When the wings and their extensions are pivoted to their inactive condition, such as against the underside of roof section 48A, any suitable locking mechanism may be used to hold the wings and their extensions in this inactive condition. For example, the two sets of wings one for each side of the shelter may be dimensioned so that their ends either overlap or are sufficiently close to each other in the stored inactive condition that the ends can be secured together by straps or other fasteners thereby holding the wings in the inactive condition.
FIG. 9 shows the wings 50,50 to be disposed in front or outwardly of extensions 60A and 60B before the extensions are moved to their extended positions. As shown in FIG. 9 the vertical edges 60C of the extensions 60A and 60B abut against each other since both extensions ride in the same track 62. The invention, however, may be practiced where the edges 60C are spaced from each other or where a double track is used so that each extension 60A and/or 60B may be of a size to overlap the other extension. FIG. 9 further shows the wing segments 50,50 to abut against each other at their edges 50A. FIG. 10 illustrates the extension 60A and 60B to be moved to their operative conditions where the lead edge of extension 60A would be positioned for abutting against the aircraft body and where the extension 60B would be disposed for covering the otherwise open space above gate 36.
It is to be understood that while specific features have been shown with regard to individual embodiments of this invention each of the embodiments may incorporate features shown and described with respect to other embodiments.
It is also to be understood that while the various figures illustrate relative positioning of different components of the system, alternative positioning could be used. Thus, for example, while the drawings illustrate the wings to be folded under the roof section during conditions of non-use it is also possible to store the wings above the roof section. Similarly, while it is preferred in the embodiment of a slidable roof section to have the roof section in its inactive condition mounted horizontally above the vehicle body, the roof section and wings could be stored along one side of the vehicle body in a vertical condition or in front of the rolling door 26 in a vertical condition or could lay flat on the floor 30,32 and then raised and moved to their operative condition. It is also to be understood that while in the preferred practice of the invention the wing sections lie directly against the roof section in the inactive condition. It is not necessary that the wings actually contact the roof section or each other. Thus the roof section and wings might be considered generally disposed against each other in the inactive condition even when stored in a sagging condition. Although not as preferred, the shelter could also omit the floor section and utilize the roof of the cab as its floor with or without a bumper such as bumper 40.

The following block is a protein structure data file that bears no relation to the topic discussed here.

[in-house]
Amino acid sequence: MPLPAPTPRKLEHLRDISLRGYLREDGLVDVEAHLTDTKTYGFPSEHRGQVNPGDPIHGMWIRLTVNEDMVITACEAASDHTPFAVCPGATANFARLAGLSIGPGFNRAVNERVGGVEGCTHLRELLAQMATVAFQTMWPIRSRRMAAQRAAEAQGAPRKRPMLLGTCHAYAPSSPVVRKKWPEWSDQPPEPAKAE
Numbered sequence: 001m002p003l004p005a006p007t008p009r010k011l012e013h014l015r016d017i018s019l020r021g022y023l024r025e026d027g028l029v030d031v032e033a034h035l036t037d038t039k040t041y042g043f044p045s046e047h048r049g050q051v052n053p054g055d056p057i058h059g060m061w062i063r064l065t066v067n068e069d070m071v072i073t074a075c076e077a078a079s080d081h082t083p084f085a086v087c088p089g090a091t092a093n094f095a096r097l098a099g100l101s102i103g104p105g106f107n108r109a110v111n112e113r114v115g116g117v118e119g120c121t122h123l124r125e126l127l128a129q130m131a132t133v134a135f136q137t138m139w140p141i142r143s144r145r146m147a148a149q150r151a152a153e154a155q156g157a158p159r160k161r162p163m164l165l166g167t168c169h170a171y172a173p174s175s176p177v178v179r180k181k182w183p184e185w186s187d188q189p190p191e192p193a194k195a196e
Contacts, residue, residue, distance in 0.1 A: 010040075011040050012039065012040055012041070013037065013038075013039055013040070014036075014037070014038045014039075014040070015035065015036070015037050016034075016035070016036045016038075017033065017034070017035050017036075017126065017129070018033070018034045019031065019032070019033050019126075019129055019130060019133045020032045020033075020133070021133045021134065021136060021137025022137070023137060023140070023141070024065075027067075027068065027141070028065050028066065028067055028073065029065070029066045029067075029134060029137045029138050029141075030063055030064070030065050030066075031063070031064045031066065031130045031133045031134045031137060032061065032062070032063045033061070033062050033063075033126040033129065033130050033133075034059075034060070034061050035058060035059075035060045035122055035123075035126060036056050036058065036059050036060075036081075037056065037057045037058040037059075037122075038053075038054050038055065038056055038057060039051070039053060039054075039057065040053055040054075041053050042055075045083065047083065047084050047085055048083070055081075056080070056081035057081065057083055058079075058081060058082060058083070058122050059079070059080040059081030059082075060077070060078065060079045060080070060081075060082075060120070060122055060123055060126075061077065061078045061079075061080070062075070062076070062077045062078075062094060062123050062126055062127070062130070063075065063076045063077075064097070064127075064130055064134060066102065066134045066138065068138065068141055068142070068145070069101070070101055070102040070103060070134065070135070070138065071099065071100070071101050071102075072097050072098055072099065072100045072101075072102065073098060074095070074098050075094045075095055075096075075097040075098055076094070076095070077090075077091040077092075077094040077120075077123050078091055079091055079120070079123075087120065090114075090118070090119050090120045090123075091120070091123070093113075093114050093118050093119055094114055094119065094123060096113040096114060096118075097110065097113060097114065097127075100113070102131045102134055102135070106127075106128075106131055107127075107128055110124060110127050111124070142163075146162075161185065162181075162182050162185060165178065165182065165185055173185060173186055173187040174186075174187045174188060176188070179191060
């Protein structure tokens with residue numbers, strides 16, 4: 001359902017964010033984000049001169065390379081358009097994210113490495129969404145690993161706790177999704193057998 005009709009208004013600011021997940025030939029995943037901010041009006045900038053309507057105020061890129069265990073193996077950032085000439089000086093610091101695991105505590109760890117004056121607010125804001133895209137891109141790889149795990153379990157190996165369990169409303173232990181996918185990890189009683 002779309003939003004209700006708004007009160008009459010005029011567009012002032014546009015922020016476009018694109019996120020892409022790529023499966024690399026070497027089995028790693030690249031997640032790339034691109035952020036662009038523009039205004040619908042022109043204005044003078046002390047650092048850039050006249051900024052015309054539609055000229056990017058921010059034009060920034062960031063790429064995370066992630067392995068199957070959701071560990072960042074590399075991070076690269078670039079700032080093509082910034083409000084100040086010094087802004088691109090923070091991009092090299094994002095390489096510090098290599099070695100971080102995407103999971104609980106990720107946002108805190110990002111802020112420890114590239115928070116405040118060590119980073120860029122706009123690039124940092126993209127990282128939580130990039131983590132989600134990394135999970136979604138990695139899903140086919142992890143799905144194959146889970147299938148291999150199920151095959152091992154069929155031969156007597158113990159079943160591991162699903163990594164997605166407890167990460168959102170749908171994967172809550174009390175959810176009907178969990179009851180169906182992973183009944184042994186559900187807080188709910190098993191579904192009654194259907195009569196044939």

Although the extensions such as wing extensions 60A and 60B and roof extension 48B have been shown as slidable members one or more of these extensions could simply be flexible flaps which could be moved outwardly to extend the respective wing or roof section until the flap comes in contact with the aircraft body. Similarly, while the extension 60A is shown as having a curved forward or lead edge, such curved edge could be formed as the result of the flexibility of a flap being disposed against the aircraft body so that the curvature is formed by folding the flap against the aircraft body so as to accommodate the curvature of the aircraft body.
Although the invention is preferably manually operated some or all of the movements could be motor operated. Thus, for example, by actuation of a motor the cover system could be extended outwardly until the bumper 52 contacts the aircraft. Then, automatically or by further actuation by a motor the wings could be lowered into contact with the side walls. The same reverse actions could be taken when it is desired to return the cover system to its stored condition.
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|U.S. Classification||296/99.1, 296/100.03, 296/182.1, 414/495|
|May 17, 2002||AS||Assignment|
Owner name: CRAMARO TARPAULIN SYSTEMS, INC., DELAWARE
Free format text: ASSIGNMENT OF ASSIGNORS INTEREST;ASSIGNORS:BUKER, BOB;CRAMARO, MICHAEL;REEL/FRAME:012709/0428;SIGNING DATES FROM 20010219 TO 20010222
|Dec 13, 2005||FPAY||Fee payment|
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|Mar 19, 2014||SULP||Surcharge for late payment|